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Is there a clinically significant seasonal component to hospital admissions for atrial fibrillation?
© Upshur et al; licensee BioMed Central Ltd. 2004
Received: 29 October 2003
Accepted: 19 March 2004
Published: 19 March 2004
Atrial fibrillation is a common cardiac dysrhythmia, particularly in the elderly. Recent studies have indicated a statistically significant seasonal component to atrial fibrillation hospitalizations.
We conducted a retrospective population cohort study using time series analysis to evaluate seasonal patterns of atrial fibrillation hospitalizations for the province of Ontario for the years 1988 to 2001. Five different series methods were used to analyze the data, including spectral analysis, X11, R-Squared, autocorrelation function and monthly aggregation.
This study found evidence of weak seasonality, most apparent at aggregate levels including both ages and sexes. There was dramatic increase in hospitalizations for atrial fibrillation over the years studied and an age dependent increase in rates per 100,000. Overall, the magnitude of seasonal difference between peak and trough months is in the order of 1.4 admissions per 100,000 population. The peaks for hospitalizations were predominantly in April, and the troughs in August.
Our study confirms statistical evidence of seasonality for atrial fibrillation hospitalizations. This effect is small in absolute terms and likely not significant for policy or etiological research purposes.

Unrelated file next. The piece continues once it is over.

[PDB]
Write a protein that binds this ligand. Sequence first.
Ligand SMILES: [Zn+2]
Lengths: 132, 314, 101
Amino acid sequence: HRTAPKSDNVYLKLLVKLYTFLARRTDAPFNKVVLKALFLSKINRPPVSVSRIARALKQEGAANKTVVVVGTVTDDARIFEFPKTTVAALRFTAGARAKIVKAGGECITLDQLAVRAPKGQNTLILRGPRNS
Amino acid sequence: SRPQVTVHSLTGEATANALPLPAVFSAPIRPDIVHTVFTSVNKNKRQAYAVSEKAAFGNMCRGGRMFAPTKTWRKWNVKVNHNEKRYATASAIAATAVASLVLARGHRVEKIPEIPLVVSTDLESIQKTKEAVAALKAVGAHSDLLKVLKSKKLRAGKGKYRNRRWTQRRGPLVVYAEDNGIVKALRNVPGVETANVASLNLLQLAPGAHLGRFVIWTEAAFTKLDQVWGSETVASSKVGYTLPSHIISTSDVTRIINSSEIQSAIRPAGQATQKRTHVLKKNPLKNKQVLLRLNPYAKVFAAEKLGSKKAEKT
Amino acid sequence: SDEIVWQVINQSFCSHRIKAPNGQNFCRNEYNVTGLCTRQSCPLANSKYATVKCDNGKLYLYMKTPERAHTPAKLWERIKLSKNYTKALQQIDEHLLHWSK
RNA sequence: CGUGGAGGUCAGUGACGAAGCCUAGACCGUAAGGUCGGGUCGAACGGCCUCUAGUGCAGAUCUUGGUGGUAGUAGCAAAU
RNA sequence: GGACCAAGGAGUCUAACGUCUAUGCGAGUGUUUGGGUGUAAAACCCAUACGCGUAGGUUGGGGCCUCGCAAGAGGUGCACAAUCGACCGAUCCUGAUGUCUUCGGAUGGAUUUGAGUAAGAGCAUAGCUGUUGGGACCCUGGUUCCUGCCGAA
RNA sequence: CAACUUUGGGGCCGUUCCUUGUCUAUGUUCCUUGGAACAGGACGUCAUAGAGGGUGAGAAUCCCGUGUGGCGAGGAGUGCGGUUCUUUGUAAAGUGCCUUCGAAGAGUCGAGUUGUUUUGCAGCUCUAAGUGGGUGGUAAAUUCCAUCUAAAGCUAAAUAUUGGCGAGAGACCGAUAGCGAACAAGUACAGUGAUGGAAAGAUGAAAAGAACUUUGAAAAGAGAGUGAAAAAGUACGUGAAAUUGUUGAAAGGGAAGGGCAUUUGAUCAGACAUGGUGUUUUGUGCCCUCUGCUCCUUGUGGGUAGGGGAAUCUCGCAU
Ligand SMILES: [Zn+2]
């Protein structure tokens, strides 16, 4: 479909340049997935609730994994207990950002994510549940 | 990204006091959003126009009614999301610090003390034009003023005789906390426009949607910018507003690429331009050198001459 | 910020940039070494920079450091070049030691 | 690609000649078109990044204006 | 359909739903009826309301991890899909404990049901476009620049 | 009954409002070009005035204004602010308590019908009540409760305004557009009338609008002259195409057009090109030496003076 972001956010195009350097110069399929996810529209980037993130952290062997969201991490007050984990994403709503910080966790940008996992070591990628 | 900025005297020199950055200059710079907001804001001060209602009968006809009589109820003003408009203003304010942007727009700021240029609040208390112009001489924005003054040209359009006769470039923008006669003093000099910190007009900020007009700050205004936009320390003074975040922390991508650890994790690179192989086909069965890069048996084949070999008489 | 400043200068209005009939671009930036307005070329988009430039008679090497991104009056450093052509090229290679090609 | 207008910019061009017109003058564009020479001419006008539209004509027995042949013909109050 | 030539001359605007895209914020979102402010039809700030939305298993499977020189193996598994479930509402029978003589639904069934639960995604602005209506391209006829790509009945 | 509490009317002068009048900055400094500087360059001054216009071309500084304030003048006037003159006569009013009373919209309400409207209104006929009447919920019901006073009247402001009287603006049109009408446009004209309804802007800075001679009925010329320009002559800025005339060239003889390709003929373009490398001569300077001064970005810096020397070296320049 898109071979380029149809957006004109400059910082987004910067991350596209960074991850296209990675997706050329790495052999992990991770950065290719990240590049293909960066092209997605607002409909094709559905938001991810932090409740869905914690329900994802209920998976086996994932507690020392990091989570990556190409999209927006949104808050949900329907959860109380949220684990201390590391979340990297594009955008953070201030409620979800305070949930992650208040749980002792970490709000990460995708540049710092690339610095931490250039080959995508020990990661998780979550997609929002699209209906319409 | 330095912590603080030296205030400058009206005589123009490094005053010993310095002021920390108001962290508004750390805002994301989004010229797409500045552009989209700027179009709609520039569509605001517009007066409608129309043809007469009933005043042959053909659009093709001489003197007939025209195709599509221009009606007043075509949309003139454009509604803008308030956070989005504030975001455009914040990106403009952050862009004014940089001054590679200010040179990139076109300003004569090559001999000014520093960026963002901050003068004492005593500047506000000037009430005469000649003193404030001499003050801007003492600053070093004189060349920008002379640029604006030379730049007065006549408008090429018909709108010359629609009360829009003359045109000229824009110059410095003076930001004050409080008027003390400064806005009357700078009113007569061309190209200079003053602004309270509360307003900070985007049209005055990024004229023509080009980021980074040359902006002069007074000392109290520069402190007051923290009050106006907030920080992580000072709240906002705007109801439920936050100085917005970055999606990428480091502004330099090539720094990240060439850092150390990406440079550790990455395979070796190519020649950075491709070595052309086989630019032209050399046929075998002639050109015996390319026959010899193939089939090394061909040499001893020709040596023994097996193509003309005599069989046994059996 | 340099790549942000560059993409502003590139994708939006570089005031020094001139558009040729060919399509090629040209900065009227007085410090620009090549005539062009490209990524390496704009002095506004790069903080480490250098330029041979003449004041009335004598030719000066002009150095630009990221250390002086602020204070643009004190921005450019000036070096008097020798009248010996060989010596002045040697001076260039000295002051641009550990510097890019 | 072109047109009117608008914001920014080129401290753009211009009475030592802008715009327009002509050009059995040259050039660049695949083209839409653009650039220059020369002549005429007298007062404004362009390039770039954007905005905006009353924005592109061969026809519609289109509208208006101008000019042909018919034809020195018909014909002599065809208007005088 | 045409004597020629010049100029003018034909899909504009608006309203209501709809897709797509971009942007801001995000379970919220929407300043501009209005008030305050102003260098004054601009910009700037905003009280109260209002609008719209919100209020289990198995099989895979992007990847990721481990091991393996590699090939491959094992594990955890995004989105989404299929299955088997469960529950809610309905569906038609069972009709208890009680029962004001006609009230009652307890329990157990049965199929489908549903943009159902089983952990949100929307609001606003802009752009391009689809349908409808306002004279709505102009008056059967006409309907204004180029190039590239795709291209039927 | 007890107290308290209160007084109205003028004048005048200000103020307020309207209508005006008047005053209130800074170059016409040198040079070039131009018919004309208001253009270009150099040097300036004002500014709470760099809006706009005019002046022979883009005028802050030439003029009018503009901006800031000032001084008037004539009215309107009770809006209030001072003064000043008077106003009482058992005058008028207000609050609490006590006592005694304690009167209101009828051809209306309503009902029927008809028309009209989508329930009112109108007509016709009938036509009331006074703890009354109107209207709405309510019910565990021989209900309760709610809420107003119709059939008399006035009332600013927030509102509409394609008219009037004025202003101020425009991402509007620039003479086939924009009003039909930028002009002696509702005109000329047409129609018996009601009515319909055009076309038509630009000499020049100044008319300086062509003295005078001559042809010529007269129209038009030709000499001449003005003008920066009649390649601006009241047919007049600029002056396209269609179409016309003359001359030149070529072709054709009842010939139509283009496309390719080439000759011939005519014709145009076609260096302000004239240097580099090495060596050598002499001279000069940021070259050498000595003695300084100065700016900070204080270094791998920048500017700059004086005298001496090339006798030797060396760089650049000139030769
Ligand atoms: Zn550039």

Atrial fibrillation is the most common cardiac arrhythmia in the elderly population requiring medical treatment. The prevalence of this disease is clearly related to age and can be as high as 15 to 18% after the age of 80 [1, 2]. The seasonality of hospitalizations for atrial fibrillation has been the focus of epidemiological study as seasonality is a potential clue to etiology. Recent studies examining the seasonality of atrial fibrillation using monthly aggregations of emergency reports over a 10-year period in one study, and emergency room visits over a 1-year period in another, both found statistically significant seasonal differences in monthly values, with peaks typically occurring in the winter and troughs in the summer [3, 4]. Frost et al in a study of hospitalizations for atrial fibrillation in Denmark found a winter peak and summer trough, with a small but statistically significant relative risk of 1.20 (95% confidence interval: 1.12, 1.29) for winter events . They also reported an inverse relationship between mean outdoor temperature and atrial fibrillation.
Spectral analysis: Spectral analysis is a useful frequency domain tool for detecting the existence of periodicity in a time series. This can be achieved by plotting the periodogram or spectral density of the series against either period or the frequency. There are 2 statistical tests for testing the periodicity of the series: The Fisher's Kappa test and the Bartlett's Kolmogorov-Smirnov (BKS) test. Fisher's Kappa tests the null hypothesis that the series is Gaussian white noise against the alternative hypothesis that the series contains an added deterministic periodic component of unspecified frequency. The BKS test compares the normalized cumulative periodogram with the cumulative distribution function of the uniform (0,1) to test the null hypothesis that the series is white noise [6, 7].
The X11 procedure: 2 tests using this time domain approach were performed, the stable seasonality test and moving seasonality test [8, 9]. The stable seasonality is a 1-way analysis of variance on the de-trended series with months as the factor. The moving seasonality test is a 2-way analysis of variance with month and year as factors.